Prevention of fracture of jaws

Prevention of Periodontal Disease


Caries on the distal surface of the second molar, caused by a semi-impacted mandibular thirdmolar

Caries in the distal area of the crown of semi impacted third molar, due to entrapment of food and bad hygiene

Bone resorption at the distal surface of the root of a mandibular second molar, resulting in a periodontal pocket

Impacted mandibular third molar in edentulous area, which erupted after placement of a partial denture

Obstruction of the eruption of a mandibular second molar because of an impacted third molar

Impacted maxillary central incisor, whose eruption was obstructed because of a supernumerary tooth

Impacted mandibular third molar with well-defined radiolucency at the distal area

Impacted mandibular canine that is surrounded by a lesion

Extensive radiolucent lesion in the posterior area of the mandible, occupying the ramus. The impacted tooth has been displaced to the inferior border of the mandible.

Extensive radiolucent lesion in the mandible, extending from the mandibular notch as far as the canine. The impacted tooth has been displaced to an area high in the ramus of the mandible

Complete resorption of the distal root of the left mandibular firstmolar, due to an impacted second molar

Medical History
A detailed medical history is necessary because, based on the information provided, useful information may be found concerning the general health of the patient to be operated on. This information determines the preoperative preparation of the patient, as well as the postoperative care instructions.

Clinical Examination
During the intraoral clinical examination, the degree of difficulty of access to the tooth is determined, especially concerning impacted third molars. When the patient cannot open his or her mouth, because of trismus that is mainly due to inflammation, the trismus is treated first, and extraction of the third molar is performed at a later date. In certain cases of impacted teeth, especially canines, buccal or palatal protuberance may be observed during palpation or even inspection, which suggests that the impacted tooth is located underneath. Also, the adjacent teeth are examined and inspected (extensive caries, large amalgam restorations, prosthetic appliance, etc.) to ensure their integrity during manipulations with various instruments during the extraction procedure.

Radiographic Examination
The radiographic examination provides us with all the necessary information to program and correctly plan the surgical removal of impacted teeth. This information includes: position and type of impaction, relationship of impacted tooth to adjacent teeth, size and shape of impacted tooth, depth of impaction in bone, density of bone surrounding impacted tooth, and the relationship of the impacted tooth to various anatomic structures, such as the mandibular canal, mental foramen, and the maxillary sinus. These aforementioned data may also be provided by periapical radiographs and panoramic radiographs, as well as occlusal radiographs.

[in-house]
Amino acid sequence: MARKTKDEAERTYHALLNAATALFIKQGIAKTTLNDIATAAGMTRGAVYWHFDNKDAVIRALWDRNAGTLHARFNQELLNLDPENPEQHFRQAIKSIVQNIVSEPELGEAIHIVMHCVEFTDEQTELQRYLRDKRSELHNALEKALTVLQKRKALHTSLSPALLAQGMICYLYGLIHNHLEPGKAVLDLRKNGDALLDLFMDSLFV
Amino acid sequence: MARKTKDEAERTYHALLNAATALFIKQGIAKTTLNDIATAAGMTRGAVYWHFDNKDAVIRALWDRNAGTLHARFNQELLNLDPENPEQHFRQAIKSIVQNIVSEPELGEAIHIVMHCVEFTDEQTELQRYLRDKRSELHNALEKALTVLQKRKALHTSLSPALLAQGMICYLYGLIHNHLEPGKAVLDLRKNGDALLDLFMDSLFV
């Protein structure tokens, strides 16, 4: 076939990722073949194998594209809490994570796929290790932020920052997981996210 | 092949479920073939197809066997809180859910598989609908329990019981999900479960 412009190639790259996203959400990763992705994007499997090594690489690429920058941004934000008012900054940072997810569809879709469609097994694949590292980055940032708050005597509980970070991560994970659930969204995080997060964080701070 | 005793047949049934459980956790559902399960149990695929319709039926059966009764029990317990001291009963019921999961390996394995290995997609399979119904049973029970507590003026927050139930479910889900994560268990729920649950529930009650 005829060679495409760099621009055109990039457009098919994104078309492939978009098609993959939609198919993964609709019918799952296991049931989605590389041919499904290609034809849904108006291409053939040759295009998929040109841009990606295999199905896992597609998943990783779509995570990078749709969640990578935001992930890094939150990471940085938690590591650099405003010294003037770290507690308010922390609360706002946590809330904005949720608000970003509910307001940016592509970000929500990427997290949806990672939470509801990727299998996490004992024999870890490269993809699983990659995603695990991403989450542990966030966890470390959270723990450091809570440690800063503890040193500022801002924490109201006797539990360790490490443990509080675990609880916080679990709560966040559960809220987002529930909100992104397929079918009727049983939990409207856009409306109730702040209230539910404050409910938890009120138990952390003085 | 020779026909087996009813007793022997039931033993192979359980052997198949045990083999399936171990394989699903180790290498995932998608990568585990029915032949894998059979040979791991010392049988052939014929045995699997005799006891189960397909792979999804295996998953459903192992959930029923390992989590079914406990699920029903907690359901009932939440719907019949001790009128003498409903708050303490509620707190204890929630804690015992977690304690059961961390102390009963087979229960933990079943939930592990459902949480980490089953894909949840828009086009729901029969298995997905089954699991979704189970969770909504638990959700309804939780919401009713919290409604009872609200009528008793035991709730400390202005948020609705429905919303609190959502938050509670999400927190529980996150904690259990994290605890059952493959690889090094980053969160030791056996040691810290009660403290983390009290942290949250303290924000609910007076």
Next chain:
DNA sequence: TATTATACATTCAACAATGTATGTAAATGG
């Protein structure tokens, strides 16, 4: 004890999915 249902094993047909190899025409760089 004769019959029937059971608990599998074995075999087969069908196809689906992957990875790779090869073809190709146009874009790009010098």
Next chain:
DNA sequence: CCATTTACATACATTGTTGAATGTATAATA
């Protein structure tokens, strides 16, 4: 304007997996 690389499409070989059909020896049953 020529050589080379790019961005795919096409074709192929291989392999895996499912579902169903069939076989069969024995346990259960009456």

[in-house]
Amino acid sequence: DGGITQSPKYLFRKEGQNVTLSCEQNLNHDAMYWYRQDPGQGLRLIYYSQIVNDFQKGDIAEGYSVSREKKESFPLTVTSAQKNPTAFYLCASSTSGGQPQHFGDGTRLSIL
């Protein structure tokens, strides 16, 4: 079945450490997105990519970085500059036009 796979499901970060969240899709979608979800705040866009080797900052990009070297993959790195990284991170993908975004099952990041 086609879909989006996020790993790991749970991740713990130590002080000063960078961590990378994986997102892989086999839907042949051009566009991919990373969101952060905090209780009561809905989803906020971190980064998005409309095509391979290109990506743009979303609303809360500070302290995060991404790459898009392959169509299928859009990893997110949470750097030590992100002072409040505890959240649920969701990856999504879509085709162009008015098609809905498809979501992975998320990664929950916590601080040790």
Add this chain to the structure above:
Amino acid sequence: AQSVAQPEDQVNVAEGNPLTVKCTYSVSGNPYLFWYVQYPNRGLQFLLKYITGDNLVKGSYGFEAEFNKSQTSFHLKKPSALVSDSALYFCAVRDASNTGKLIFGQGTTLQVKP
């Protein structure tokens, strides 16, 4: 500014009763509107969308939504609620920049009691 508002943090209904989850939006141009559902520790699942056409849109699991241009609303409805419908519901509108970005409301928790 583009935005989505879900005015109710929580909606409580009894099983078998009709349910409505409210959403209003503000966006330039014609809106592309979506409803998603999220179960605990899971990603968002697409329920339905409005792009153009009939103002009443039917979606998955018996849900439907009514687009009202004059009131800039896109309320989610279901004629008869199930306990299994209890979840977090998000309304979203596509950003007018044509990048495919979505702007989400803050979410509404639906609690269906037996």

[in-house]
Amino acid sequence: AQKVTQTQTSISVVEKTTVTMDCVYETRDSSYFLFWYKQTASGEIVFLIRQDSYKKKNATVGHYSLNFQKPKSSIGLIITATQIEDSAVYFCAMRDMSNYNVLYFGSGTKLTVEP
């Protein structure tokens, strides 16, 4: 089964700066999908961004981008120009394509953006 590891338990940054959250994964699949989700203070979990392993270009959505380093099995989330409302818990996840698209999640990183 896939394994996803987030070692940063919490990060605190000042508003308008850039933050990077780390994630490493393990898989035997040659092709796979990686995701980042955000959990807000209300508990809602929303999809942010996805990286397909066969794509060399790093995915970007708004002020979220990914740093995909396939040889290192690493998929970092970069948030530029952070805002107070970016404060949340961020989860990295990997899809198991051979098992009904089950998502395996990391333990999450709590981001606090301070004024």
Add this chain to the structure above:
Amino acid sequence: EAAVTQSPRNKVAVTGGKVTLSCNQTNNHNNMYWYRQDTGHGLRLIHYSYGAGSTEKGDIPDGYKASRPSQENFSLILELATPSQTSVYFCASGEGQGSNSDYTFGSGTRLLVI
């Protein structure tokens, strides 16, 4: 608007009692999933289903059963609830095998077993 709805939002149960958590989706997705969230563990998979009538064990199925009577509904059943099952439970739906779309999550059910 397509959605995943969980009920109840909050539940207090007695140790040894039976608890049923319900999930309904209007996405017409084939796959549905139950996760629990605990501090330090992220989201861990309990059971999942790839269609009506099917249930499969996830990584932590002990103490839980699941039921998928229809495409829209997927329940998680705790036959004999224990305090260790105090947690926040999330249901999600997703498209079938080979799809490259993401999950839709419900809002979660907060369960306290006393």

Assessment and Classification of Impacted third molar

Impacted Third Molar Classification.
The impacted mandibular third molar may present with various positions in the bone, and so the technique for its removal is determined by its localization. The classic positions of the tooth, depending on the direction of the crown of the tooth, are (according to Archer 1975; Kruger 1984): mesioangular, distoangular, vertical, horizontal, buccoangular, linguoangular, and inverted. Impacted teeth may also be classified according to their depth of impaction, their proximity to the second molar, as well as their localization in terms of the distance between the distal aspect of the second molar and the anterior border of the ramus of themandible. As far as the depth of impaction is concerned, mandibular third molars may be classified (according to Pell and Gregory 1933) as belonging to three categories:

Class A: The occlusal surface of the impacted tooth is at the same level as, or a little below that of, the second molar.
Class B: The occlusal surface of the impacted tooth is at the middle of the crown of the second molar or at the same level as the cervical line.
Class C: The occlusal surface of the impacted tooth is below the cervical line of the second molar As for the distance to the anterior border of the ramus of the mandible, impacted teeth may be classified as belonging to one of the following three categories:

Classification of impaction of mandibular third molars, according to Archer (1975) and Kruger (1984). (1Mesioangular, 2 distoangular, 3 vertical, 4 horizontal, 5 buccoangular, 6 linguoangular, 7 inverted)

Class 1: The distance between the second molar and the anterior border of the ramus is greater than the mesio distal diameter of the crown of the impacted tooth, so that its extraction does not require bone removal from the region of the ramus.
Class 2: The distance is less and the existing space is less than the mesiodistal diameter of the crown of the impacted tooth.
Class 3: There is no room between the second molar and the anterior border of the ramus, so that the entire impacted tooth or part of it is embedded in the ramus.

Classification of impacted mandibular third molars according to Pell and Gregory (1933): a according to the depth of impaction and proximity to the second molar; b their position according to the distance between the secondmolar and the anterior border of the ramus of the mandible

The above classification methods refer to all of the aforementioned positions of the impacted tooth. Furthermore, the number of roots of the impacted tooth and their relationship to the mandibular canal are taken into consideration. It is obvious that the cases belonging to Class 3 present more difficulty during the surgical procedure, because the extraction of the tooth requires removal of a relatively large amount of bone and there is a risk of fracturing the mandible and damaging the inferior alveolar nerve.

Winter's Lines (WAR)